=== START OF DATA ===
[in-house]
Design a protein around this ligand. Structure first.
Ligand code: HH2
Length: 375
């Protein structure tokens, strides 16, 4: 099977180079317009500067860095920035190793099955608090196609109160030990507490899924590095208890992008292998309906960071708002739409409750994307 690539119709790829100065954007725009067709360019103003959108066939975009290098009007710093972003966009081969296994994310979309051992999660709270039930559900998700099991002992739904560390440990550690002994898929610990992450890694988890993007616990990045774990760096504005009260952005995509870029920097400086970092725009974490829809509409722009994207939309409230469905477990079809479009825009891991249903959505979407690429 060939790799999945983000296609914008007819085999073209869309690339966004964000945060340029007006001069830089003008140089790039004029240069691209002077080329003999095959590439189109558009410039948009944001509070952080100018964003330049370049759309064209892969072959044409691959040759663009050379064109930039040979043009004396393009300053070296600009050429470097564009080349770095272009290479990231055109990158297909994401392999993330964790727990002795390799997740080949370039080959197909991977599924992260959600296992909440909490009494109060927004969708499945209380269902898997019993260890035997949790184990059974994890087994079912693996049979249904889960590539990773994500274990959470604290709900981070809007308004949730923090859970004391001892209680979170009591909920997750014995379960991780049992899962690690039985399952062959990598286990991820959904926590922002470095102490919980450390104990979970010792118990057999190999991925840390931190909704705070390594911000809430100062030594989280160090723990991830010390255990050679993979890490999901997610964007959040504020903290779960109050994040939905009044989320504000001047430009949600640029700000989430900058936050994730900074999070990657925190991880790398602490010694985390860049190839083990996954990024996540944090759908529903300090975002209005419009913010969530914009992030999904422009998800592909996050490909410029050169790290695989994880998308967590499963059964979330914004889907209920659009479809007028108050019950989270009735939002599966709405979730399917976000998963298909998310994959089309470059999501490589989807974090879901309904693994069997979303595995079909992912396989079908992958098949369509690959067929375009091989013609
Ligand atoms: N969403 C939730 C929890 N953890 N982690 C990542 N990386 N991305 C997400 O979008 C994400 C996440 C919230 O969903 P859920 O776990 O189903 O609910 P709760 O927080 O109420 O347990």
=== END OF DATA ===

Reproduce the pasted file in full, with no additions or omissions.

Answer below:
[in-house]
Design a protein around this ligand. Structure first.
Ligand code: HH2
Length: 375
């Protein structure tokens, strides 16, 4: 099977180079317009500067860095920035190793099955608090196609109160030990507490899924590095208890992008292998309906960071708002739409409750994307 690539119709790829100065954007725009067709360019103003959108066939975009290098009007710093972003966009081969296994994310979309051992999660709270039930559900998700099991002992739904560390440990550690002994898929610990992450890694988890993007616990990045774990760096504005009260952005995509870029920097400086970092725009974490829809509409722009994207939309409230469905477990079809479009825009891991249903959505979407690429 060939790799999945983000296609914008007819085999073209869309690339966004964000945060340029007006001069830089003008140089790039004029240069691209002077080329003999095959590439189109558009410039948009944001509070952080100018964003330049370049759309064209892969072959044409691959040759663009050379064109930039040979043009004396393009300053070296600009050429470097564009080349770095272009290479990231055109990158297909994401392999993330964790727990002795390799997740080949370039080959197909991977599924992260959600296992909440909490009494109060927004969708499945209380269902898997019993260890035997949790184990059974994890087994079912693996049979249904889960590539990773994500274990959470604290709900981070809007308004949730923090859970004391001892209680979170009591909920997750014995379960991780049992899962690690039985399952062959990598286990991820959904926590922002470095102490919980450390104990979970010792118990057999190999991925840390931190909704705070390594911000809430100062030594989280160090723990991830010390255990050679993979890490999901997610964007959040504020903290779960109050994040939905009044989320504000001047430009949600640029700000989430900058936050994730900074999070990657925190991880790398602490010694985390860049190839083990996954990024996540944090759908529903300090975002209005419009913010969530914009992030999904422009998800592909996050490909410029050169790290695989994880998308967590499963059964979330914004889907209920659009479809007028108050019950989270009735939002599966709405979730399917976000998963298909998310994959089309470059999501490589989807974090879901309904693994069997979303595995079909992912396989079908992958098949369509690959067929375009091989013609
Ligand atoms: N969403 C939730 C929890 N953890 N982690 C990542 N990386 N991305 C997400 O979008 C994400 C996440 C919230 O969903 P859920 O776990 O189903 O609910 P709760 O927080 O109420 O347990």